The Cassino position was extremely strong and indeed, in Italian staff exercises, had been rated as impregnable. The town was very compact, averaging 500 yards in width and 1200 yards in length from north to south, though scattered buildings extended along the roads to the north, east, and south, and up the hillside to the west. With a normal population of 19,000, the town lay on the extreme western edge of the Rapido valley between the Rapido River and the eastern shoulder of a great spur or ridge which projected from high country exceeding 3000 feet altitude, five miles to the north-west, where Monte Cairo of over 5400 feet was the principal feature. On the eastern side of the spur the very prominent and precipitous Castle Hill rose 600 feet in height within 300 yards of the main street of Cassino; 1000 yards to the south-west of Castle Hill was the famous and imposing monastery of Montecassino, situated on a hill of over 1600 feet, with Hangman's Hill about 260 feet lower 300 yards to the south-east. A zigzag road, of about one in fifteen gradient, from Cassino to the Monastery (1100 yards away in a direct line), was four and a half miles in length, emphasising the towering domination over Cassino enjoyed by positions on the ridge. Naturally the heights also gave the Germans perfect observation over the Rapido and Liri valleys and the approach routes through the hills east of the Rapido. The Rapido valley between the hills and the town, about two miles wide, was perfectly flat.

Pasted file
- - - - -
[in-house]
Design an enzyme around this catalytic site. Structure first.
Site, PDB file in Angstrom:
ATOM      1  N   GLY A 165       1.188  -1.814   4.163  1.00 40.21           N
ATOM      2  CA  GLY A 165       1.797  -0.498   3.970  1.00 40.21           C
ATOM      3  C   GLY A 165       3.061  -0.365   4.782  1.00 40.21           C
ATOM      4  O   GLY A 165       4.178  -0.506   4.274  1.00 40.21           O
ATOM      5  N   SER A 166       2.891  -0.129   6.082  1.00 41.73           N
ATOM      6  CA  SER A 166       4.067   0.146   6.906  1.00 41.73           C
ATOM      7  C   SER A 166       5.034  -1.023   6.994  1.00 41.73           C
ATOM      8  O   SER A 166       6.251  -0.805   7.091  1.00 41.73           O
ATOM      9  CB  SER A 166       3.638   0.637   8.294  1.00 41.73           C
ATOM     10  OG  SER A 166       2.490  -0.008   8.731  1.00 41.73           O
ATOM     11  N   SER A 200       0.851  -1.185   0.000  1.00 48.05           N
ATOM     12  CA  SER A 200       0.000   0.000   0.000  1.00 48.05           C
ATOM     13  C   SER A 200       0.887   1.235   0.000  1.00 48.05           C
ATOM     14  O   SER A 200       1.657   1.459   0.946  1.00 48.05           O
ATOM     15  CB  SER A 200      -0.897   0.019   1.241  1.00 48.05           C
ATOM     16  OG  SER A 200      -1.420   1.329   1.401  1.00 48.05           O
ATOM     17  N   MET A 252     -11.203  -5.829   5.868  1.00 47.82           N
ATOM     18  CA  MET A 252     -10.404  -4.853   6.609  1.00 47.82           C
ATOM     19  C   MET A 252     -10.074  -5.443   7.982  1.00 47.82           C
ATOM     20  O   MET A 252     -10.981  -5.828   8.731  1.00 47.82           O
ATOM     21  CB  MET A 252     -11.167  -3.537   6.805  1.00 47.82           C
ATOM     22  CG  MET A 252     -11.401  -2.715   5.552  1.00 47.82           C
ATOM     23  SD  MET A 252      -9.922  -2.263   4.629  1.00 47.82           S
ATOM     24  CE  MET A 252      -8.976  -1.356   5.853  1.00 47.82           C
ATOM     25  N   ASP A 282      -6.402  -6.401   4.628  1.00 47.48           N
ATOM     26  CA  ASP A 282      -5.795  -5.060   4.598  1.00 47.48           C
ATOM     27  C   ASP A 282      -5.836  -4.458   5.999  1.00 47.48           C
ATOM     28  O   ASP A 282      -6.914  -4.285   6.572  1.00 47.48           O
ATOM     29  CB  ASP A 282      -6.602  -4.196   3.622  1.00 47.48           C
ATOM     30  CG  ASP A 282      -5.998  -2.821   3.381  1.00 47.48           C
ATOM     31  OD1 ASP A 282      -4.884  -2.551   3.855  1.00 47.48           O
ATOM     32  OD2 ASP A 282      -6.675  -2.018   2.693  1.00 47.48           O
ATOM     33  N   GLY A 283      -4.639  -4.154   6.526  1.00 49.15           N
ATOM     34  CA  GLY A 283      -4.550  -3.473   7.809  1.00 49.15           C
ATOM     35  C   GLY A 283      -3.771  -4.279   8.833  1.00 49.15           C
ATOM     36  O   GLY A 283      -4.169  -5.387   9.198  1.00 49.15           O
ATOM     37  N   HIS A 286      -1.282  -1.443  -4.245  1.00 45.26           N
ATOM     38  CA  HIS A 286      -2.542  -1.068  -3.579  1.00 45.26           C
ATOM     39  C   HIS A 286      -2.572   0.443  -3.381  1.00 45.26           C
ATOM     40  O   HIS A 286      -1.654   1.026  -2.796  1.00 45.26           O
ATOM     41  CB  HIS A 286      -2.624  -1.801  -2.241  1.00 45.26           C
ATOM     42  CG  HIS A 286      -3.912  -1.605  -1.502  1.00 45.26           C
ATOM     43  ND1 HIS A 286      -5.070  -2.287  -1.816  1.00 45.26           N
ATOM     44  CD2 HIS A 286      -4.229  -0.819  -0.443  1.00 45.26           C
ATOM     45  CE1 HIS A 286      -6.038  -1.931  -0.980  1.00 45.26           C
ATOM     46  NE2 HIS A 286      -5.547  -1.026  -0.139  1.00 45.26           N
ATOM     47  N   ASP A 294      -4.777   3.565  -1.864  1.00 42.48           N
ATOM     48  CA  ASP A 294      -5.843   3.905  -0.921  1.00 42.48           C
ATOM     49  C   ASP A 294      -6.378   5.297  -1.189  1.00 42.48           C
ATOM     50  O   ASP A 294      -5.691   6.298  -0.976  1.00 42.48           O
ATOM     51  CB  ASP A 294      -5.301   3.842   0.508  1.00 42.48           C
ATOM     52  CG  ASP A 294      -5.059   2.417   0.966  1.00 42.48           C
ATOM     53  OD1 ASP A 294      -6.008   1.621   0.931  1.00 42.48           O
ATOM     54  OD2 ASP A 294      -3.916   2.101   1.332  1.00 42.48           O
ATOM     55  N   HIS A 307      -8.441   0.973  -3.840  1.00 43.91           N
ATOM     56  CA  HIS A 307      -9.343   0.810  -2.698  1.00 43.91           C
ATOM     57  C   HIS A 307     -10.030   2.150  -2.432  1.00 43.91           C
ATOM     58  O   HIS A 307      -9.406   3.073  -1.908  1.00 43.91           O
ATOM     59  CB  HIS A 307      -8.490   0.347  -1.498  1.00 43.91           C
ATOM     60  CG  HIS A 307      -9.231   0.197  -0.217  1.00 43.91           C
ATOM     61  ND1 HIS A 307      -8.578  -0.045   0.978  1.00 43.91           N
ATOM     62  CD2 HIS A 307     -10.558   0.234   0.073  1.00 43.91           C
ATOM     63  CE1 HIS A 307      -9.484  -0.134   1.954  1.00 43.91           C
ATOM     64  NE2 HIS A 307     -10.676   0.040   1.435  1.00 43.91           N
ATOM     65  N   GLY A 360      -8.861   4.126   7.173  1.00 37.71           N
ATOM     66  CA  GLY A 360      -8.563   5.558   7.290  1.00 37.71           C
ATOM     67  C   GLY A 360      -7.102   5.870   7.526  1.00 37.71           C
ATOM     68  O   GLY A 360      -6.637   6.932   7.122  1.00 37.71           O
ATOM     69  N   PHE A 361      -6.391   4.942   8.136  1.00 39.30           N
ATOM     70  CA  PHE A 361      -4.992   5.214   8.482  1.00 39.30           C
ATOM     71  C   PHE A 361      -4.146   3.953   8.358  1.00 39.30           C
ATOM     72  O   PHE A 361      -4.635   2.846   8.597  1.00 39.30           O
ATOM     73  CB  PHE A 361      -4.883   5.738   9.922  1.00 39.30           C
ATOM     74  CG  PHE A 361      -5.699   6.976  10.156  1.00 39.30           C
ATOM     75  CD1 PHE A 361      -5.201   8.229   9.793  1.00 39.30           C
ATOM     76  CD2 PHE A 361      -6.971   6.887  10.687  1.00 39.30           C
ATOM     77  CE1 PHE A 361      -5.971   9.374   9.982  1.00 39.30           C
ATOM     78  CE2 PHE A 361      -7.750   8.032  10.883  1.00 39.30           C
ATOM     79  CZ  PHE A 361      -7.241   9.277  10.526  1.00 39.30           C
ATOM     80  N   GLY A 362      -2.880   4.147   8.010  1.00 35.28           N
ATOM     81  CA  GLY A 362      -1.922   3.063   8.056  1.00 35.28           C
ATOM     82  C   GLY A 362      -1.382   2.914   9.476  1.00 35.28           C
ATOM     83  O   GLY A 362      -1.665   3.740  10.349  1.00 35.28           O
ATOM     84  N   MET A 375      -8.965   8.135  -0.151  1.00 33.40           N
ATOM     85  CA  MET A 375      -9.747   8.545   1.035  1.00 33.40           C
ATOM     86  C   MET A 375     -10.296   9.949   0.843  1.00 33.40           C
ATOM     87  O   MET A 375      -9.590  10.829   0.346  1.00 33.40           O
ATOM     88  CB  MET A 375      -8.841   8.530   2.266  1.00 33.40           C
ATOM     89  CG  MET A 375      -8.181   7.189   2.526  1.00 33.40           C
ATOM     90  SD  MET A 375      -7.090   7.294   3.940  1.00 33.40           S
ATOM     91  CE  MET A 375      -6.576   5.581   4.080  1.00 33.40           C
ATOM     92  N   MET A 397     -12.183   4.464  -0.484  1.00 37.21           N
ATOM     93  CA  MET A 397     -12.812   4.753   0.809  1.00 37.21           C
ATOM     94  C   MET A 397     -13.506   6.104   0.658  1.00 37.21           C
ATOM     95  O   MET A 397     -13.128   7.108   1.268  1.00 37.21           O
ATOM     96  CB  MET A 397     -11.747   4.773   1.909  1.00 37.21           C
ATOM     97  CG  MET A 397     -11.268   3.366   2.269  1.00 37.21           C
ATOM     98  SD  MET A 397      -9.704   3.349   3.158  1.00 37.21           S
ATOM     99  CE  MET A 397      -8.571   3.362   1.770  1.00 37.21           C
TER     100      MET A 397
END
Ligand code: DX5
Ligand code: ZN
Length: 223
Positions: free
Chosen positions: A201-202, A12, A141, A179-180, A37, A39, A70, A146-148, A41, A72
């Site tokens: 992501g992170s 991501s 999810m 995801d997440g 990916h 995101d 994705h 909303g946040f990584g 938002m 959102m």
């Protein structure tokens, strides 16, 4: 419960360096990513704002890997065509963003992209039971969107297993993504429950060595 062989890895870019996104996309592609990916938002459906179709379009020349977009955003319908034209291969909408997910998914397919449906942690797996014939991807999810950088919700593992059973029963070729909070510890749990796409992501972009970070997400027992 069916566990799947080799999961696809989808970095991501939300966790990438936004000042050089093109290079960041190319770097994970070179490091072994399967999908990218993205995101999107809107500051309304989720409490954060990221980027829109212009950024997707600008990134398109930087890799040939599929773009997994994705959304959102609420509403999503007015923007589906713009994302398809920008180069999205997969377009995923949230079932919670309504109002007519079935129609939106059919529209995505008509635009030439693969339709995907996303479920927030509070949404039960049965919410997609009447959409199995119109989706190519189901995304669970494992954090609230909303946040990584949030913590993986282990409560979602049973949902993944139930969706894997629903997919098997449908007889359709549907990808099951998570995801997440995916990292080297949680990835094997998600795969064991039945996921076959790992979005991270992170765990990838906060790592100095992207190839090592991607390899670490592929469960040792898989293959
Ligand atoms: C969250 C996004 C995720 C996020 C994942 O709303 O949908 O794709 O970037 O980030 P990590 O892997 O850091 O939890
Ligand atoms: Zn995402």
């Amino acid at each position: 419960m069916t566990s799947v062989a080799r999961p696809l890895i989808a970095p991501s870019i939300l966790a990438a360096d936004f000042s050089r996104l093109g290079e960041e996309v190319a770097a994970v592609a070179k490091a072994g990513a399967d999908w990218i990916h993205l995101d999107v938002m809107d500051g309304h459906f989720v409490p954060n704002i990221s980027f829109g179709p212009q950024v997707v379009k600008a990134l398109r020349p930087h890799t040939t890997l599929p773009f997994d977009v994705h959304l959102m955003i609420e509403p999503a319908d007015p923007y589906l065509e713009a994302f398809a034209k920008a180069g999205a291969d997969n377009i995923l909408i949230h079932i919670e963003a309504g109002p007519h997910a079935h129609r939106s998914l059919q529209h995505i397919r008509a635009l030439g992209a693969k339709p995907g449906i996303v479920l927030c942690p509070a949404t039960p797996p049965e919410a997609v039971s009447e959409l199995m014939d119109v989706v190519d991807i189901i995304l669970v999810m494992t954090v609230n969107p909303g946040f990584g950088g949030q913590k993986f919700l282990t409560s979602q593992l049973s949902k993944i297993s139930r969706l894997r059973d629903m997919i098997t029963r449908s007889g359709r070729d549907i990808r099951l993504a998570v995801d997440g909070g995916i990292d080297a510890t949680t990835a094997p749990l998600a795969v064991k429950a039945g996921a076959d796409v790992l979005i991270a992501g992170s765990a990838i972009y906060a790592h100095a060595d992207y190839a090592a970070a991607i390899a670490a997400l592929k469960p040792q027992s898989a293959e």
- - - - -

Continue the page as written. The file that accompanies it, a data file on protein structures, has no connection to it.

black and white photograph of soldiers having bath

In the Maadi baths

black and white photograph of climbing ship

New Zealand troops embark at Alexandria for Italy, October 1943